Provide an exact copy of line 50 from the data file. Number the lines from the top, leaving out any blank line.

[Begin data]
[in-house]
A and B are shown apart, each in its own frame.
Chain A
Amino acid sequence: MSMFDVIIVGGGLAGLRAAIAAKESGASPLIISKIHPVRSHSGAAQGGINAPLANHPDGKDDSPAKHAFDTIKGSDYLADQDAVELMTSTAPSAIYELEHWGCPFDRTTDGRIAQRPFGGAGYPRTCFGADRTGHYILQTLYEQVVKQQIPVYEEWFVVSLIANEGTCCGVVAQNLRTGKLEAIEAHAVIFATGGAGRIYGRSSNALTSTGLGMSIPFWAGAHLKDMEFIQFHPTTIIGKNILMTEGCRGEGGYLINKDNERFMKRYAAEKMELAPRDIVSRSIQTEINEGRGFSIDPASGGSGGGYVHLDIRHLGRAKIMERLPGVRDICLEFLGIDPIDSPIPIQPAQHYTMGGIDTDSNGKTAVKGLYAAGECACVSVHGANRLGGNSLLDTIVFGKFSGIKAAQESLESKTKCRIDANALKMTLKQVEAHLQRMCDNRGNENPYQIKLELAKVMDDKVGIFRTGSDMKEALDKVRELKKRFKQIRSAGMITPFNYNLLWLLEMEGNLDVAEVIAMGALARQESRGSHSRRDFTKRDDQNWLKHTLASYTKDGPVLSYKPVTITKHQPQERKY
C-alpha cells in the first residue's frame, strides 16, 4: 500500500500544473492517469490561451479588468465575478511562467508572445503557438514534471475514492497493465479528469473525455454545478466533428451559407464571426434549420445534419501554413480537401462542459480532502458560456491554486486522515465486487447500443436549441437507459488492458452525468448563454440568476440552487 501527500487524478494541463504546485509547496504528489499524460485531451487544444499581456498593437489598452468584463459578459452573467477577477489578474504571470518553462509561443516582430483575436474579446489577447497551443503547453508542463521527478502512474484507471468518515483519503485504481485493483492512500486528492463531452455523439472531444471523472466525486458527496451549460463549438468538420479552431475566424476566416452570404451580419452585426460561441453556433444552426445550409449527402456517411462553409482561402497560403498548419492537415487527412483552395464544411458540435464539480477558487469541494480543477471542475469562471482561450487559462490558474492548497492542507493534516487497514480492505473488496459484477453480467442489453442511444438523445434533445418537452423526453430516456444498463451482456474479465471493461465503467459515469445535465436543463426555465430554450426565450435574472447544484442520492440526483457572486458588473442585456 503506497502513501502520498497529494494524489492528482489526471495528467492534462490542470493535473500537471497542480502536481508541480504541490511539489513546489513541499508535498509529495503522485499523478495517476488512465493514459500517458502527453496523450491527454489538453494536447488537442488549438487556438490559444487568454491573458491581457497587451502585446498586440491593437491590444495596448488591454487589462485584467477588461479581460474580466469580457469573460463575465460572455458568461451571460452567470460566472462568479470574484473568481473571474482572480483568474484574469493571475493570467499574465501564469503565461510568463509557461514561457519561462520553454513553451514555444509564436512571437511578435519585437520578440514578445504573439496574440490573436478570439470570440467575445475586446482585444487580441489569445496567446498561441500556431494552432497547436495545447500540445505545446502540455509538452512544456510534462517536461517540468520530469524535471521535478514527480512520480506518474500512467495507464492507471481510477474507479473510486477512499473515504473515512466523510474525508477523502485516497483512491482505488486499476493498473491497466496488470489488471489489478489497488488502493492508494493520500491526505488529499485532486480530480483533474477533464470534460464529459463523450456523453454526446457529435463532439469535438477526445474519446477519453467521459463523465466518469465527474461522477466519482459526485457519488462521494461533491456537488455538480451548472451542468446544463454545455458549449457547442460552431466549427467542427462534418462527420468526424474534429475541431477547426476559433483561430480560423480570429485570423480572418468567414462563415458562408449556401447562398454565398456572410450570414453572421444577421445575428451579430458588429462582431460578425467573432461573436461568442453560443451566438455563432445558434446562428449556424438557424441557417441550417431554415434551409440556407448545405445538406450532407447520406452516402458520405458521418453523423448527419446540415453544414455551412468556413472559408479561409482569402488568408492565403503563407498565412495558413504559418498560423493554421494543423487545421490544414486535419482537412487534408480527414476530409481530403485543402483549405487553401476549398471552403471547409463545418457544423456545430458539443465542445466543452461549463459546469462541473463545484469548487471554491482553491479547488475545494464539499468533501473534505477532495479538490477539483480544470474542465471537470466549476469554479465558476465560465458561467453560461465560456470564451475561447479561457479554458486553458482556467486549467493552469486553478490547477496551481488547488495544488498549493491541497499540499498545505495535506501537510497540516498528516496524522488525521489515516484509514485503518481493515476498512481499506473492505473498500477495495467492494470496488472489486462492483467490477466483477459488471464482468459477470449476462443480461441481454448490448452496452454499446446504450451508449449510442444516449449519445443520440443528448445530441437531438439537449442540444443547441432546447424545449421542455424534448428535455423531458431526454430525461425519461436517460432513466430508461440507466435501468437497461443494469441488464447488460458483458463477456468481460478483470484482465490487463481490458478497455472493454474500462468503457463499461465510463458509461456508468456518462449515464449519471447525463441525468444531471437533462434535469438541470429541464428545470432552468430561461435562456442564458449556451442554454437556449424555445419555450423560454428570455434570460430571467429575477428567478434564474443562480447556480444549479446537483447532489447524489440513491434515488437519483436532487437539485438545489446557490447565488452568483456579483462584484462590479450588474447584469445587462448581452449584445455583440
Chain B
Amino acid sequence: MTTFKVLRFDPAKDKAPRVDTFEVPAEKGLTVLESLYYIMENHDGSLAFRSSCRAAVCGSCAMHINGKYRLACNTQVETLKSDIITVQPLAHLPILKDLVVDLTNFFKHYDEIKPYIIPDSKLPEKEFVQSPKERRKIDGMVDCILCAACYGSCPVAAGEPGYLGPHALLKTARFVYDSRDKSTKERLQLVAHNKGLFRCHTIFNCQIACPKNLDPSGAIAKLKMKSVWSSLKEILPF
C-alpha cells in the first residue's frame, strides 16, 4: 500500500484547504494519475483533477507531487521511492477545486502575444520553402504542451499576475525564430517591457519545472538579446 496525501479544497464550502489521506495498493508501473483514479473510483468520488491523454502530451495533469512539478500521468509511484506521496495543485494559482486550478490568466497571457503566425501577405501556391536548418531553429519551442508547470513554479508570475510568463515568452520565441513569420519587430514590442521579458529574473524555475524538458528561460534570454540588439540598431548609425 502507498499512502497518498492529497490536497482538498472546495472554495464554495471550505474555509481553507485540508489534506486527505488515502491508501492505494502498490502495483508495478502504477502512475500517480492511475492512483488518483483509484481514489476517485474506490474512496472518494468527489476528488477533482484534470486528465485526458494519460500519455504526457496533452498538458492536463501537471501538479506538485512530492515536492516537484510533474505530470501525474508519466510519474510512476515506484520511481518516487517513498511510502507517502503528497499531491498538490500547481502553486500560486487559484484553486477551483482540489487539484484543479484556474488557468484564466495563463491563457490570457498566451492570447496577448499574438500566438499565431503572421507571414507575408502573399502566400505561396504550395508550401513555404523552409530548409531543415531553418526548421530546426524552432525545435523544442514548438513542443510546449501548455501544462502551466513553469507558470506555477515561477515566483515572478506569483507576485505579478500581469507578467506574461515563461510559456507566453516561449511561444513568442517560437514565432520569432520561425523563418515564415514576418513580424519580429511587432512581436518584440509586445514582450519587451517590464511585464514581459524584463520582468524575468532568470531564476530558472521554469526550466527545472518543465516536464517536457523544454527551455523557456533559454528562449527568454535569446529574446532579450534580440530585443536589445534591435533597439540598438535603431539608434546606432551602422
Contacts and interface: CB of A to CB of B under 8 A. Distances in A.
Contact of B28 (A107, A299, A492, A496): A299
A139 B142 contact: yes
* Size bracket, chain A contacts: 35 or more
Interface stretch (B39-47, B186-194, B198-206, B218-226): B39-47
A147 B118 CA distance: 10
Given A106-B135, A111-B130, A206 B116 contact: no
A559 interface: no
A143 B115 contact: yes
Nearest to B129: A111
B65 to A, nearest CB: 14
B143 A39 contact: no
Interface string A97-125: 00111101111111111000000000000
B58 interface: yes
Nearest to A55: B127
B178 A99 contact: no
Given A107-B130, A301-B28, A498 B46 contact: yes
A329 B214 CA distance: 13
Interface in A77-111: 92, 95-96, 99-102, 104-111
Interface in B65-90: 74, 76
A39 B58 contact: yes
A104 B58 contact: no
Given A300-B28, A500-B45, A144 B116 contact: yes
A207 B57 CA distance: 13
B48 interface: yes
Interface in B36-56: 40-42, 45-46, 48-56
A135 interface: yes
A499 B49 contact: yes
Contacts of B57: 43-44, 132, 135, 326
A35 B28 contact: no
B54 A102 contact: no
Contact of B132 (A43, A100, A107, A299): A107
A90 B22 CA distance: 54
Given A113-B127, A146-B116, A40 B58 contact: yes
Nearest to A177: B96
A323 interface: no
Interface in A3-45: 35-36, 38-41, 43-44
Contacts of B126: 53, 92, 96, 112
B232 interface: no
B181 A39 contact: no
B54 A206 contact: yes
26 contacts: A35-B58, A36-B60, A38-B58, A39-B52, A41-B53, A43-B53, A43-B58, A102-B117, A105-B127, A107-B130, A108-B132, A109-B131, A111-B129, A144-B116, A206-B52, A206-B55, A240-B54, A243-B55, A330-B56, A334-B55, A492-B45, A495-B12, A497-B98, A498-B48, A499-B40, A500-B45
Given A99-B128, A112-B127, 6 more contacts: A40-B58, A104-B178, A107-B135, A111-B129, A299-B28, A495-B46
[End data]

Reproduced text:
26 contacts: A35-B58, A36-B60, A38-B58, A39-B52, A41-B53, A43-B53, A43-B58, A102-B117, A105-B127, A107-B130, A108-B132, A109-B131, A111-B129, A144-B116, A206-B52, A206-B55, A240-B54, A243-B55, A330-B56, A334-B55, A492-B45, A495-B12, A497-B98, A498-B48, A499-B40, A500-B45